Alcohol Banned at Popular Long Island Beaches

By John Lavitt 08/06/14

Booze-fueled partygoers left trash on the beaches and shocked local residents with disturbing behavior.

beach booze party.jpg
A thing of the past. Shutterstock

This summer two infamously alcohol-soaked beaches on Long Island will no longer play host as party central.

Starting in August, drinking booze is no longer allowed on two stretches of the federally owned Fire Island National Seashore, marking a big change from summers past. In addition, alcohol is banned during peak hours at East Hampton's Indian Wells Beach. The popular Long Island beaches have a long history of drinking that dates back to the Roaring Twenties and Prohibition.

Since drinking previously was banned on town beaches, weekend partygoers can flock to the nearby national seashore to avoid fines up to $225. Although upset about the ban, beachgoers said they understood why the federal government made the decision. After all, the parties, particularly on the weekends, left the beaches looking shabby and littered with garbage.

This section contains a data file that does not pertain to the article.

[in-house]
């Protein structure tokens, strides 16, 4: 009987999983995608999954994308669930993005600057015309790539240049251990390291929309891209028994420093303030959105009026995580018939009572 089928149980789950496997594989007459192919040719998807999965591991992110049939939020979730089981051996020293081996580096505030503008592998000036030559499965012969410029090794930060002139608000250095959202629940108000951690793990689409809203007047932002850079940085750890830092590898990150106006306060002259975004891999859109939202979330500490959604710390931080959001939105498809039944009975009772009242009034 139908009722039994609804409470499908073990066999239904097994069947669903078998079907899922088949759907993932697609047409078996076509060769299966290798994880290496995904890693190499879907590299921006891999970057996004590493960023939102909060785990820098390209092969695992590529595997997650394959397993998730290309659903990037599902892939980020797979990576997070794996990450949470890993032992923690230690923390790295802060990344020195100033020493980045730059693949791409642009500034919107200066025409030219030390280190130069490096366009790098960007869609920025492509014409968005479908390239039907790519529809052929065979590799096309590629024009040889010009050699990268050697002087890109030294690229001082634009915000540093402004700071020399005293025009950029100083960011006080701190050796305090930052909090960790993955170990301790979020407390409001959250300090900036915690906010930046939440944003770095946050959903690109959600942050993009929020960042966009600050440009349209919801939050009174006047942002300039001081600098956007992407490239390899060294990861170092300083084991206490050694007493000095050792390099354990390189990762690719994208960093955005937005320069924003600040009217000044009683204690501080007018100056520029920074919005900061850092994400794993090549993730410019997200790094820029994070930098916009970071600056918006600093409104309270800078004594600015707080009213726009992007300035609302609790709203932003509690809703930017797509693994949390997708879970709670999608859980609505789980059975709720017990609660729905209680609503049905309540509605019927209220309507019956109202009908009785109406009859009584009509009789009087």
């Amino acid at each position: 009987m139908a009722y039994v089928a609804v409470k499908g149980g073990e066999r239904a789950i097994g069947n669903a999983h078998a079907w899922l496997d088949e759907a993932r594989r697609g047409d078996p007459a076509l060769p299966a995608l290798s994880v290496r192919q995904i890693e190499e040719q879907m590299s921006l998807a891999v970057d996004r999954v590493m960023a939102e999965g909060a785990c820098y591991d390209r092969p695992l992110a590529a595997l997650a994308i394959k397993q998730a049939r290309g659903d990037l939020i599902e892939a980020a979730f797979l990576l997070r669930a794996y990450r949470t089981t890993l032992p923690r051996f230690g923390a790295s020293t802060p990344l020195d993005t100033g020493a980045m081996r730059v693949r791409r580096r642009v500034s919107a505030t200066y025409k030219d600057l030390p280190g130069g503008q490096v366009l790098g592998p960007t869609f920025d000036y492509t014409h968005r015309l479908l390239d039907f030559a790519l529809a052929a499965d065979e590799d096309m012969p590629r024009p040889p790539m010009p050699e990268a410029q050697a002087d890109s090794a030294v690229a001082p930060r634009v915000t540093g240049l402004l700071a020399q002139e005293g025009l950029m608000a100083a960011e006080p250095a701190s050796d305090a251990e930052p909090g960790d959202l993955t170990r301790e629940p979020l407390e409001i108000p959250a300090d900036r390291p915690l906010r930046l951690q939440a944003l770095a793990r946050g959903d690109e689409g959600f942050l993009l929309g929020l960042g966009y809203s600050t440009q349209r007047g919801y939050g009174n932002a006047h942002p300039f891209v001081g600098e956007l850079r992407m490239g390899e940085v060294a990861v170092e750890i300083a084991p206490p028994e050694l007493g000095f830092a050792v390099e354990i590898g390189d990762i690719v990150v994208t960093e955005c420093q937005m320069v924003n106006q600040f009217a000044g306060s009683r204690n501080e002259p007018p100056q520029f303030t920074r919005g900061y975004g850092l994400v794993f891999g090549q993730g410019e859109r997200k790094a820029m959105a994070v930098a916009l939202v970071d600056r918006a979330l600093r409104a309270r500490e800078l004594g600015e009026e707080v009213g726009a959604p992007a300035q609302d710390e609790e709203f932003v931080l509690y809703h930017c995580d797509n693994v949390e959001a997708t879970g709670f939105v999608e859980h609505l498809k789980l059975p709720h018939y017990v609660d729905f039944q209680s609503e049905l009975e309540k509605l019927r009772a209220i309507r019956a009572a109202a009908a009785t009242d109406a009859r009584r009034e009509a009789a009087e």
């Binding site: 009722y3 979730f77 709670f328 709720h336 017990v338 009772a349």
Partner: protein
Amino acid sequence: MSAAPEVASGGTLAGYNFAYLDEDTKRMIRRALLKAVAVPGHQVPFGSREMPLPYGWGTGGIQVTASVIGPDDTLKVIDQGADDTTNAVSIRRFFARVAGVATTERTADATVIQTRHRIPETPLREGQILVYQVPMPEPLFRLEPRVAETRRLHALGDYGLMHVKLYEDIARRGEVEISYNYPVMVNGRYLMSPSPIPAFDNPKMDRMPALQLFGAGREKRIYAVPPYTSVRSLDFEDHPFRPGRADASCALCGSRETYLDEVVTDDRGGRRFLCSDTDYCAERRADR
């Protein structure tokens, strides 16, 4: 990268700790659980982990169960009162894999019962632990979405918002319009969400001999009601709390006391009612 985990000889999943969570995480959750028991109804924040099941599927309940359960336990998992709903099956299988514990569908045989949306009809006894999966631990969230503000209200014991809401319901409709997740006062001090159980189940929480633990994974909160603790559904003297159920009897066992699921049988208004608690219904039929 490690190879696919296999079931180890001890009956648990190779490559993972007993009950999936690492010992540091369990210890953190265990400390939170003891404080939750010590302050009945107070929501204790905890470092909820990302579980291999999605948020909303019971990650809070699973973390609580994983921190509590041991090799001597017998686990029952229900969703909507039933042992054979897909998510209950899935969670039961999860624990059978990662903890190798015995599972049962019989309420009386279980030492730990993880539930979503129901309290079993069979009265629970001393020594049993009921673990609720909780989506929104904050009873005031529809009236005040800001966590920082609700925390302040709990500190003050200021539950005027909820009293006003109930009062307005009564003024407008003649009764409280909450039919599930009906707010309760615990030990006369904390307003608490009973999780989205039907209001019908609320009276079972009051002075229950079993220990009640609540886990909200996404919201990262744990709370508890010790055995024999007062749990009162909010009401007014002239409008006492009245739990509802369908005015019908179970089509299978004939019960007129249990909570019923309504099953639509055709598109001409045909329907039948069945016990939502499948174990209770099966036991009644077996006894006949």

“It's completely understandable that they do this," said Manhattan resident Jack Strang. "There's trash all over the beach," he said.

The Fire Island ban applies to two 300-foot wide stretches between the communities of Atlantique and Corneille Estates in the Town of Islip. “The beach-goers in the Fire Island seashore have abused the beaches, they’ve trashed it and done unthinkable things there in front of the homeowners,” Islip Councilman John Cochrane told a local CBS reporter.

Indeed, the bans did not come out of the blue, but were prompted by alcohol-fueled parties on the beaches. The East Hampton ban is in effect from 9 a.m. to 5 p.m. daily on the main 2,000-foot stretch of the beach. This is the spot where the majority of beachgoers hang out and lifeguards patrol during swimming hours.

Drinking is still allowed on other Fire Island National Seashore beaches and other beaches owned by the Town of East Hampton. Given the new ban, there is a question of how long beachgoers will be allowed to continue to drink on these public beaches, since the clear trend has been to remove alcohol and associated problems away from the shoreline.

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Growing up in Manhattan as a stutterer, John Lavitt discovered that writing was the best way to express himself when the words would not come. After graduating with honors from Brown University, he lived on the Greek island of Patmos, studying with his mentor, the late American poet Robert Lax. As a writer, John’s published work includes three articles in Chicken Soup For The Soul volumes and poems in multiple poetry journals and compilations. Active in recovery, John has been the Treatment Professional News Editor for The Fix. Since 2015, he has published over 500 articles on the addiction and recovery news website. Today, he lives in Los Angeles, trying his best to be happy and creative. Find John on Facebook, Twitter, and LinkedIn.